The Edward A. Hauss Elemental Analysis Laboratory was funded through a generous contribution by the E.A. Hauss Endowment.
The Edward A. Hauss Legacy
“Edward Adolph Hauss was instrumental in propelling the Alger-Sullivan Lumber Company to success in the early 20th century. As the company’s president for 40 years, Hauss had a tremendous impact on the forest industry.
Hauss was born on July 20, 1871, in East St. Louis, Ill. He attended elementary school in East St. Louis and graduated from the Manual Training School of Washington University in St. Louis, Mo., in 1888. In January of 1889, Hauss was employed as a Junior Draftsman by Peninsular Car Company in Detroit, Mich. In 1891, he was promoted to storekeeper. The Company merged into the Michigan-Peninsular Car Company in 1893 and that company was merged into The American Car and Foundry Company in 1899.
At the time of his marriage to Ethel Allen on Oct. 4, 1899, Edward was a supply agent with The American Car and Foundry Company. He resigned in 1900 to accept the position of Assistant Secretary of the newly formed Alger-Sullivan Lumber Company in Foshee, Ala. Hauss’s uncle, Colonel Frank J. Hecker, had recommended Hauss to his friend General Russell Alger for this new position.
Hauss moved to Foshee in July 1900 and was followed by his wife, Ethel in December 1900. In June 1901, they moved to the new company headquarters in Century, Fla., about 10 miles away. At Alger-Sullivan Lumber, Hauss was charged with looking after the financial interests of the company while educating himself in the lumber and sawmill business. In 1903, he became treasurer of the company and in 1911, vice president and treasurer. Five years later in 1916, Hauss was elected president and treasurer. He served as president for 40 years before retiring in March 1956. Upon his retirement, Hauss maintained the title of treasurer and was elected chairman of the board.
The story of the Alger-Sullivan Lumber Company is a tribute to the leadership and foresight of Hauss. It was among the first lumber companies in the United States, which, by restricted and controlled operation, entered a program of “prolonged life” with the objective of perpetual operation. This was accomplished by natural and artificial reseeding of its forests, and by restricting yearly timber cuts and manufacturing operations. Originally, the company operated at Foshee, Ala., and Century, Fla., but early in the company’s history, all operations were concentrated at Century. This was a modern mill, visited by many other operators. Its forest operations were visited and carefully observed by foresters and lumbering officials.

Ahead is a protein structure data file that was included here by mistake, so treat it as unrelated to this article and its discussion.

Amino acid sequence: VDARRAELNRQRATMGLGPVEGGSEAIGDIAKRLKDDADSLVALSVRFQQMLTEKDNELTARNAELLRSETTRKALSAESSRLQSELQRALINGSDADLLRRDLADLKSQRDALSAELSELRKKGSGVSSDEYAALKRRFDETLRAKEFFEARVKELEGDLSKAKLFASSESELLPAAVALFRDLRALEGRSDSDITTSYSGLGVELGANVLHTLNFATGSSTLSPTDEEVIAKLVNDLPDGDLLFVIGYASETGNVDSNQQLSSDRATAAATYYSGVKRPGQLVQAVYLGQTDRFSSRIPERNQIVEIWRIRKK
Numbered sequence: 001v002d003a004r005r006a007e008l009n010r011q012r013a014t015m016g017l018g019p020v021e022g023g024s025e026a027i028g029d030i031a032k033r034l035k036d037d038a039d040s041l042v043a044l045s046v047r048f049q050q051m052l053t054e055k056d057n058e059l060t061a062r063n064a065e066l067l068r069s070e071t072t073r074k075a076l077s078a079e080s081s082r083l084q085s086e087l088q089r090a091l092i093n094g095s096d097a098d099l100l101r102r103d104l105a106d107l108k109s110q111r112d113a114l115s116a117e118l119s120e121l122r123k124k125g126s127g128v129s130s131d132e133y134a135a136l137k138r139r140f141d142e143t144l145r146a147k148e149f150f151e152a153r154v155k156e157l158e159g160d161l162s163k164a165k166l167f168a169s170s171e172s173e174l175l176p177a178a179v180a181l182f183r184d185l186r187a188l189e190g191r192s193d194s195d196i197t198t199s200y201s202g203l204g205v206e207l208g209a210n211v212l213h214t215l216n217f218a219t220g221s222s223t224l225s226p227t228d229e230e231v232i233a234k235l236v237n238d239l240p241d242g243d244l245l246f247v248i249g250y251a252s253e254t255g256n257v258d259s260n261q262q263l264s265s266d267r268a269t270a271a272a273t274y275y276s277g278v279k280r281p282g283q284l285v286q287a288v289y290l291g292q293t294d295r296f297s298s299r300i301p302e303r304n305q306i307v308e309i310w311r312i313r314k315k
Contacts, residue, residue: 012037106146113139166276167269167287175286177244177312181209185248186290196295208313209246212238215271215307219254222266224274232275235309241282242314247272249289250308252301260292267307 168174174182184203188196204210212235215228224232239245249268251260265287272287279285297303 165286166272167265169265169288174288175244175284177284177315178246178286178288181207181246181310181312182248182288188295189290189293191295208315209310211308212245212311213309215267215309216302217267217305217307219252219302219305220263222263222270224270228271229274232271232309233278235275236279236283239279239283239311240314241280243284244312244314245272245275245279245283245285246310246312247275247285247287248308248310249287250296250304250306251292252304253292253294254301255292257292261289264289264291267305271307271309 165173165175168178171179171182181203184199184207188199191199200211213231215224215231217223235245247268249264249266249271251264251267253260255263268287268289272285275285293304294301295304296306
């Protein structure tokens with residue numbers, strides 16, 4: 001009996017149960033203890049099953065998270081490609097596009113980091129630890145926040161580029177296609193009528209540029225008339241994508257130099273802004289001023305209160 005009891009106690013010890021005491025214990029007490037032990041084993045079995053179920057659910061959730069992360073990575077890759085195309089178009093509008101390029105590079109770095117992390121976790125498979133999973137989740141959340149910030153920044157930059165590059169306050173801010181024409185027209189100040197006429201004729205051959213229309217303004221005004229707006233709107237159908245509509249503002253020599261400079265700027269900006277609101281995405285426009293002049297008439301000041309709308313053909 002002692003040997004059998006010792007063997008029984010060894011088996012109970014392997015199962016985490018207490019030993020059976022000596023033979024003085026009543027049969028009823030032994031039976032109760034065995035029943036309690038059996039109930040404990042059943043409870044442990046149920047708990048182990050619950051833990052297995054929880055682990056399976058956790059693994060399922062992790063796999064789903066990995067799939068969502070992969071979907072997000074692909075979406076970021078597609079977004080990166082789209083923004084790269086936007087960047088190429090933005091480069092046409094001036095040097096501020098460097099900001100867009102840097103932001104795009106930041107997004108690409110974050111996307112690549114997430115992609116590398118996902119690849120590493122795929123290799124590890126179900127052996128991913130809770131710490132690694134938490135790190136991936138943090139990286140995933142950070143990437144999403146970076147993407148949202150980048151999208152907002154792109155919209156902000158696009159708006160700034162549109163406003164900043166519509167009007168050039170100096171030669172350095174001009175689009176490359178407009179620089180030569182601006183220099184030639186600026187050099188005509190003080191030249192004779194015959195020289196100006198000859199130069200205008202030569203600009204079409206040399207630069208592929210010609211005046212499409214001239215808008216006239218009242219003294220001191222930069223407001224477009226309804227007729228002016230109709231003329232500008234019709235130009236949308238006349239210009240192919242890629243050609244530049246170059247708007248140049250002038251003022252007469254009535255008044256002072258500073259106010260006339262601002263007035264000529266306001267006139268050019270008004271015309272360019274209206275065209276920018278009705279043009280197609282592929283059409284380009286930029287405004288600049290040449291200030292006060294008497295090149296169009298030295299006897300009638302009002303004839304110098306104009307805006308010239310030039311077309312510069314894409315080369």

Financially, the Alger-Sullivan Lumber Company also had an outstanding success. From an original investment of $500,000, the company grew to $1 million in 1911 and liberal dividends and additional timber and land purchases were made from the earnings. The company, which had an original life prediction of 15 years, was sold on Feb. 22, 1957, to a group consisting of five pulp and paper companies for $26 million, having 227,000 acres of timberland and more than 500 million feet of standing timber.
The 57 years of business activity with the Alger-Sullivan Lumber Company tells only a part of the story of Edward Hauss. Much could be added about his high standards of ethics and his outstanding human relations.
On June 4, 1957, Auburn University – then the Alabama Polytechnic Institute – honored Hauss for his contributions to his industry by awarding him with an honorary doctorate.
Hauss died in December 1963 however his legacy lives on through a gift to fund this space in his name. Hauss’s great-grandson Allen C. Phillips helped perpetuate his memory and recognize his impact on the forestry industry by dedicating funds from the E.A. Hauss Endowment to make this room possible.” (Text from the plaque in SFWS 4313).